The Eskimo curlew is a shorebird and a member of the sandpiper family. It is approximately 12-14 inches tall with a wing spread of 26-30 inches, and a bill that is about 2 inches long. Females lay 4 eggs in a slight depression in the tundra.
The Eskimo curlew is a long-distance migrant that nests in the Arctic tundra and then flies to Eastern Canada, down the western Atlantic coast to grasslands in southern South America. On its return flight it flies through Central America, the Midwest United States, and northwestward Canada, returning to its breeding grounds in late May to early June.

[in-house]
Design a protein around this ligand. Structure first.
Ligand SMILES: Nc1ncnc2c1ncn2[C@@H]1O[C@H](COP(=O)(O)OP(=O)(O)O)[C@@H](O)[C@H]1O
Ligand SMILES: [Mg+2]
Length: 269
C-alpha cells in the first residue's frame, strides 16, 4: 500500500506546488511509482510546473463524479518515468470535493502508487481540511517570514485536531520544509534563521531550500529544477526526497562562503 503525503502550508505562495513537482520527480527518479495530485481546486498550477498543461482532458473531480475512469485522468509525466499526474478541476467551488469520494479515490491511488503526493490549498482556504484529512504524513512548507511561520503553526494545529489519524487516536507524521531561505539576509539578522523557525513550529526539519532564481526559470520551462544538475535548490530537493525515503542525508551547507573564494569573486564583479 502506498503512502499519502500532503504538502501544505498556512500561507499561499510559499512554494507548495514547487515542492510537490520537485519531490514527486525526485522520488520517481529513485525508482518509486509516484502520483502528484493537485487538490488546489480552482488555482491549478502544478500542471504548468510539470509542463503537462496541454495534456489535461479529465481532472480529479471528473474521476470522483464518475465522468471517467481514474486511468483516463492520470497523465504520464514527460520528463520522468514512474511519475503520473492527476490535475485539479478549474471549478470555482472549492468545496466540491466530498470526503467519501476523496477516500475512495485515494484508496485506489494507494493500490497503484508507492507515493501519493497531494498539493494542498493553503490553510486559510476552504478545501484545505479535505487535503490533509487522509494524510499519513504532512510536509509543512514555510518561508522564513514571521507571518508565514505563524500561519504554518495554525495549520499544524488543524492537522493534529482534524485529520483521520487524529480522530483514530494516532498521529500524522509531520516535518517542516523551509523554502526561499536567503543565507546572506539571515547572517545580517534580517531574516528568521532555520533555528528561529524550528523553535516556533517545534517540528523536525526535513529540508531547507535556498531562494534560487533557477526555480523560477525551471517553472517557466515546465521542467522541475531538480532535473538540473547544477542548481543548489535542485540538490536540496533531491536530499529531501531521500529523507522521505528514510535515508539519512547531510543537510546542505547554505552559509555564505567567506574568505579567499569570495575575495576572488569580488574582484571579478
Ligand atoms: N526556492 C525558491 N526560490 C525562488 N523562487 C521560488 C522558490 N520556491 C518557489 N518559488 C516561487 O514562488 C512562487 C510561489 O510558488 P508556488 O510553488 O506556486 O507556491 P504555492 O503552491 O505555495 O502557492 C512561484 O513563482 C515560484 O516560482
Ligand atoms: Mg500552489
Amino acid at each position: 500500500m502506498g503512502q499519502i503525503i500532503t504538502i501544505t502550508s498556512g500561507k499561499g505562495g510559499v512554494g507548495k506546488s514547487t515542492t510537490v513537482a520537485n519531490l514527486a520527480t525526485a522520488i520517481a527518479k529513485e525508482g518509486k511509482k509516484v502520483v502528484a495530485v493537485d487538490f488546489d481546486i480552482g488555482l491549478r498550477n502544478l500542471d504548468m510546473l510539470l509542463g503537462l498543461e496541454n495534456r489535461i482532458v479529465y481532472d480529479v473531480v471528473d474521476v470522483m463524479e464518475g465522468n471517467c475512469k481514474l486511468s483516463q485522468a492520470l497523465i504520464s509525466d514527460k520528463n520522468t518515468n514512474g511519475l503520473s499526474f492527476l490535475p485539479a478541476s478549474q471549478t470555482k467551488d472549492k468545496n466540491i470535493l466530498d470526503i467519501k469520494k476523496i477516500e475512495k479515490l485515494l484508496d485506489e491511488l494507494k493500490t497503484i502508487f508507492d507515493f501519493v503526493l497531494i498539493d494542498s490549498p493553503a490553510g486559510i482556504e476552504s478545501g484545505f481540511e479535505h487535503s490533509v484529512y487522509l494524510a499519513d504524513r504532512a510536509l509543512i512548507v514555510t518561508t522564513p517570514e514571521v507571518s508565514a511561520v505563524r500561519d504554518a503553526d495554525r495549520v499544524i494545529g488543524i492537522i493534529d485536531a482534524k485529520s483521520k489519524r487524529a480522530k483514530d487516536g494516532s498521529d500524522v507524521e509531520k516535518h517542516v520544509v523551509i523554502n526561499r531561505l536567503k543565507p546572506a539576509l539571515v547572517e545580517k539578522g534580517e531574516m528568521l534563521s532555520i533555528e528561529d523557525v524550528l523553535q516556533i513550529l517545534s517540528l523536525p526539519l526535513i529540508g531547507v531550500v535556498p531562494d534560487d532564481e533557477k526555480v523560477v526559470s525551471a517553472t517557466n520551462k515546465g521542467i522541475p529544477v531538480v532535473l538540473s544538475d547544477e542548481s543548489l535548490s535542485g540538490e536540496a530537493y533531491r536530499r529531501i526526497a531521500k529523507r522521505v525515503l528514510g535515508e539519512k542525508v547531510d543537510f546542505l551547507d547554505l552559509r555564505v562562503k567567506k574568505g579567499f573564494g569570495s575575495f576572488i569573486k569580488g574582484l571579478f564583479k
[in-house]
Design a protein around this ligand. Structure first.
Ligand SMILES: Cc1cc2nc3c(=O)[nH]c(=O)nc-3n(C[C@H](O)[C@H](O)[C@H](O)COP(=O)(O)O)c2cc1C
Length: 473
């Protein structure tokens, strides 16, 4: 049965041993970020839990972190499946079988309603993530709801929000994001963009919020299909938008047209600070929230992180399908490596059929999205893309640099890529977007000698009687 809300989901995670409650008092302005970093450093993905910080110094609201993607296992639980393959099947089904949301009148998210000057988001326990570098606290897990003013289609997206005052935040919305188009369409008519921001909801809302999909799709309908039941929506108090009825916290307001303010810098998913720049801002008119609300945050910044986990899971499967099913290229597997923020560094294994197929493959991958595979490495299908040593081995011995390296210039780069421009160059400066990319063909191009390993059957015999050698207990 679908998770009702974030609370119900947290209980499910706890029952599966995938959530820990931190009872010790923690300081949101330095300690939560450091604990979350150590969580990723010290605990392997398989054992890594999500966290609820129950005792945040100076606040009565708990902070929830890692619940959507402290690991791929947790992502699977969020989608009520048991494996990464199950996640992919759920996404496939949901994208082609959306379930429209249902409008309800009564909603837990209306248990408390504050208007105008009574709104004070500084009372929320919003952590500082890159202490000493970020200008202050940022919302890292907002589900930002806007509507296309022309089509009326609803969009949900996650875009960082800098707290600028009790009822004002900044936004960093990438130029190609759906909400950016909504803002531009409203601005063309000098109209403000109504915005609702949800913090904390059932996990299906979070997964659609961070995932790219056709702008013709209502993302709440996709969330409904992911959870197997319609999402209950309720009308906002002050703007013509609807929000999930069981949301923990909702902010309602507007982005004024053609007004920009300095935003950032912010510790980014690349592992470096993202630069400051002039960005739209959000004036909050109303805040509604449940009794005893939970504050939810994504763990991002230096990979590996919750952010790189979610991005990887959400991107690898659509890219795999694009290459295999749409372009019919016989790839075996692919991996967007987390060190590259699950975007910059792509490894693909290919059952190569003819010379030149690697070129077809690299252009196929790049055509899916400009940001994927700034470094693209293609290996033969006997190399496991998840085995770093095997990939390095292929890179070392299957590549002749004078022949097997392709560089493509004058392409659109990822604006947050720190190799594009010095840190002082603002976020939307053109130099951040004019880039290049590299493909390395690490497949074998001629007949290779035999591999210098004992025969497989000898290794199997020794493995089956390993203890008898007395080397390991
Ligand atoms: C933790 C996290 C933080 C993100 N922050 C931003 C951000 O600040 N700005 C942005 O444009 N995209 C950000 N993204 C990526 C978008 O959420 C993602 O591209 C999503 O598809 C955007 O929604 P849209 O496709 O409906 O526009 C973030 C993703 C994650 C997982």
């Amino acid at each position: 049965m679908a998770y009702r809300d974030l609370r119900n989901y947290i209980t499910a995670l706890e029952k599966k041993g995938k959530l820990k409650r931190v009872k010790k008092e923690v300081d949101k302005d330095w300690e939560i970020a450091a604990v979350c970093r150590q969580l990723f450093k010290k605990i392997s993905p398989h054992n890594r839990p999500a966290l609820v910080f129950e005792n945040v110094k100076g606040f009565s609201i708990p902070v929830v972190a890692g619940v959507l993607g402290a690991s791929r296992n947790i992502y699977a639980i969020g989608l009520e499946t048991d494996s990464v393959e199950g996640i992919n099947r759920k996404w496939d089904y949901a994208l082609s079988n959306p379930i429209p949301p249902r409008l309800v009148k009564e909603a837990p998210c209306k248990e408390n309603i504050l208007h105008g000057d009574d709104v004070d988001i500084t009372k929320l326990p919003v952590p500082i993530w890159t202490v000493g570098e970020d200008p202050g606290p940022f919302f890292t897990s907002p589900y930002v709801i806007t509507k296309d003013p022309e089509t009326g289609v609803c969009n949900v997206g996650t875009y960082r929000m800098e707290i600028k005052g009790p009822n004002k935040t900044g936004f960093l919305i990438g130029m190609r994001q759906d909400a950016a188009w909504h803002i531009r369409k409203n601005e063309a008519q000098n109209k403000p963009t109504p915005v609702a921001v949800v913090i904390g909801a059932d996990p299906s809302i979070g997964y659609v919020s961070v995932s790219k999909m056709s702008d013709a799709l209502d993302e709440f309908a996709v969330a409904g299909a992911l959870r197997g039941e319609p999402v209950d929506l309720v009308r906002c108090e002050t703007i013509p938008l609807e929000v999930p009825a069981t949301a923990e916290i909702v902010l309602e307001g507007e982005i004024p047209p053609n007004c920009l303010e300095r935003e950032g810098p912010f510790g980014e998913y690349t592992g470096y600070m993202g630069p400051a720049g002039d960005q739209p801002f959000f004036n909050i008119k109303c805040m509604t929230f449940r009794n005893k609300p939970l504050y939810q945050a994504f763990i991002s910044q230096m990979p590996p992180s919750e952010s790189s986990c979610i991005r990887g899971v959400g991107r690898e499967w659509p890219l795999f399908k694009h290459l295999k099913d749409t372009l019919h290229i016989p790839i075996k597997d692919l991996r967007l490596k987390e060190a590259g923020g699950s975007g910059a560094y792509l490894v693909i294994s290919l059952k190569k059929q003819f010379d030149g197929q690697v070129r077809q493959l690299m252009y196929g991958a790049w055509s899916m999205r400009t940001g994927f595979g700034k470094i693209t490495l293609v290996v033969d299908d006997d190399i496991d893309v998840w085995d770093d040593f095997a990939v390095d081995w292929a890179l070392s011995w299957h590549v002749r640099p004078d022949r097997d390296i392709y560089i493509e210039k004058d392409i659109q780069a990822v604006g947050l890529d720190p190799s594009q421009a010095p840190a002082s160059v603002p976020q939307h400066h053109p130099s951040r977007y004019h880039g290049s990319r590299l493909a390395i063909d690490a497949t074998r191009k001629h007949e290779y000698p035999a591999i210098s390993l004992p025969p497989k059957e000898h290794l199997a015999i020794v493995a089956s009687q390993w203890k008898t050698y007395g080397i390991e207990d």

Unregulated harvest resulted in the Eskimo curlew population declining precipitously and approaching extinction in the late 19th century. Sightings of Eskimo curlew have been rare since 1900 and they have not been found in surveys in recent decades. The last record confirmed by physical evidence is a specimen collected in Barbados in 1963. Since that time, 39 potential sightings have occurred in 22 different years; however, the reliability of these sightings is variable and none have been confirmed by physical evidence.
Although this species is fully protected, few if any Eskimo curlew still exist. The Service has not developed a recovery plan for Eskimo curlew.
Denise Walther (907) 456-0277
This image represents one of the few images on record ever taken of the Eskimo curlew, taken by Don Bleitz on Galveston Island in 1962.